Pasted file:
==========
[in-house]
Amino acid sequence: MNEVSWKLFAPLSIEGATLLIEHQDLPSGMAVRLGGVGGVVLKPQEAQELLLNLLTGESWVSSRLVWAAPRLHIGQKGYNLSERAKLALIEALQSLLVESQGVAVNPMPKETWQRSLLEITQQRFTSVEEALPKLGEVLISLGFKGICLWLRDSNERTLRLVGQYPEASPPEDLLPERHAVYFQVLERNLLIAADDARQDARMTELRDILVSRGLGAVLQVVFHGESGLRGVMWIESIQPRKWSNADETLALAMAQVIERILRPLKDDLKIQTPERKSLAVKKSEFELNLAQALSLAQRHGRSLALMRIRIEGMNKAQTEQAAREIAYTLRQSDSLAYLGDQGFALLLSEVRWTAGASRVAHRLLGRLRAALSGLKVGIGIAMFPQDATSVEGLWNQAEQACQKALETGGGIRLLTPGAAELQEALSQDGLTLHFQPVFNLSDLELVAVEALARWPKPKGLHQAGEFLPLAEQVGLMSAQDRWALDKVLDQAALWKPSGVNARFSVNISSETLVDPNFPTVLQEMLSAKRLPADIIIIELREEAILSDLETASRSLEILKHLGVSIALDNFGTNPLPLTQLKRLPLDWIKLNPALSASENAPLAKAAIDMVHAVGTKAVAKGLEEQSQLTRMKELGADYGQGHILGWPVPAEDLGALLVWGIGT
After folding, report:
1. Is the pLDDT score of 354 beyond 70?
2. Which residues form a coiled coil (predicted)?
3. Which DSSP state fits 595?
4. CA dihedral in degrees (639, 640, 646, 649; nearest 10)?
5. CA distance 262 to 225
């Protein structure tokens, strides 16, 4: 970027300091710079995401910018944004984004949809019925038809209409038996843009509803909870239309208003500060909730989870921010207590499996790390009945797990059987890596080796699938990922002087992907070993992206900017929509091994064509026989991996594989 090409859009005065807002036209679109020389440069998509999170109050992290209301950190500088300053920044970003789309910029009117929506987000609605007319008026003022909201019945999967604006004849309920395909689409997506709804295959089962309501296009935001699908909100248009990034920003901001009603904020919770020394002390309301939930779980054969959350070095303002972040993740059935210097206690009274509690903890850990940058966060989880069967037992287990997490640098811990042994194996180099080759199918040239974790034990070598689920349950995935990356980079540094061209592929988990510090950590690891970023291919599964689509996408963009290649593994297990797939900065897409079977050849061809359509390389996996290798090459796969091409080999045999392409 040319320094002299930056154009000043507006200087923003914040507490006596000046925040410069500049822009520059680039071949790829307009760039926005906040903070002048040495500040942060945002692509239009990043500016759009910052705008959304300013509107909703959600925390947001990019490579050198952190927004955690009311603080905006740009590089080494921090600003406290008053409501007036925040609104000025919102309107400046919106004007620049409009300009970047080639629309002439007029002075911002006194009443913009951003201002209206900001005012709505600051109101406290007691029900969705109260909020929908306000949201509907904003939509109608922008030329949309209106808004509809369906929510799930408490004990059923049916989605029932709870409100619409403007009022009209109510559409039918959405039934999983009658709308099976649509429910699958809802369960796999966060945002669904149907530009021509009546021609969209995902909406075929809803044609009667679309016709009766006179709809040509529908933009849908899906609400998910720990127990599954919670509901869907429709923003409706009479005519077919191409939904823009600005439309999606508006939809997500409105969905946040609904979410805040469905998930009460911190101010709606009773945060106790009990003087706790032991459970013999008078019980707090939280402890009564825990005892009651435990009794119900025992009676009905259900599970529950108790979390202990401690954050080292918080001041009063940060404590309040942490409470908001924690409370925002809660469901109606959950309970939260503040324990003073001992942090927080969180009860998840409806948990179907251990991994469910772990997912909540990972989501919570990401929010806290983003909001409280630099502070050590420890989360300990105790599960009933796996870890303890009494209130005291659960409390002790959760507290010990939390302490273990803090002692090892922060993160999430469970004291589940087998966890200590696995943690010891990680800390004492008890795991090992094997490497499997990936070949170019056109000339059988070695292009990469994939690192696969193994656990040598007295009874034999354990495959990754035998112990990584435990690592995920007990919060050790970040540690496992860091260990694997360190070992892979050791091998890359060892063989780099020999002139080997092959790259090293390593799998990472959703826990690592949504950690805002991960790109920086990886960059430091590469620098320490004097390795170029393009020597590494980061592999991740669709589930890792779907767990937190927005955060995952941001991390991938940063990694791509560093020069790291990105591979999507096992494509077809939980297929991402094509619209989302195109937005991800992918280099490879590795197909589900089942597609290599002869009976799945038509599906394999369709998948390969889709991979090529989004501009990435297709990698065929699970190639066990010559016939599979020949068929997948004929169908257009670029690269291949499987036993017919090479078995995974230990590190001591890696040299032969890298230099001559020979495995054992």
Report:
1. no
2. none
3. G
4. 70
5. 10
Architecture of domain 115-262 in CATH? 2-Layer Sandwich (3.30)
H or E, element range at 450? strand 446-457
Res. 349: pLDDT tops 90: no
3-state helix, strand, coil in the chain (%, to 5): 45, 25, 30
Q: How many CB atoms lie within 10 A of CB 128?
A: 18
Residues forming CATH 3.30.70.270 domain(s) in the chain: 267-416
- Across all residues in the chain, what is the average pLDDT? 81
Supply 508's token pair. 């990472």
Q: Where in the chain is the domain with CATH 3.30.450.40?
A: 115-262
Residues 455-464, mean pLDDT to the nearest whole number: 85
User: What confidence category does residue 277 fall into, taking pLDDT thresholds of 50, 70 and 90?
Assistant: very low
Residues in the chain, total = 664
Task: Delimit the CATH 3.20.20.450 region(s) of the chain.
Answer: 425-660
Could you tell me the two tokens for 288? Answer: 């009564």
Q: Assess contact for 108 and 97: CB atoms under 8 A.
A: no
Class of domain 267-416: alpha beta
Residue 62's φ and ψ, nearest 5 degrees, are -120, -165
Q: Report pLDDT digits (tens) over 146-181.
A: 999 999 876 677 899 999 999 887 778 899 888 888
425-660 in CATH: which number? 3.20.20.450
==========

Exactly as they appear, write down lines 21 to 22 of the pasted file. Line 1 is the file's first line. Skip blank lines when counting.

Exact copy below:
A: 18
Residues forming CATH 3.30.70.270 domain(s) in the chain: 267-416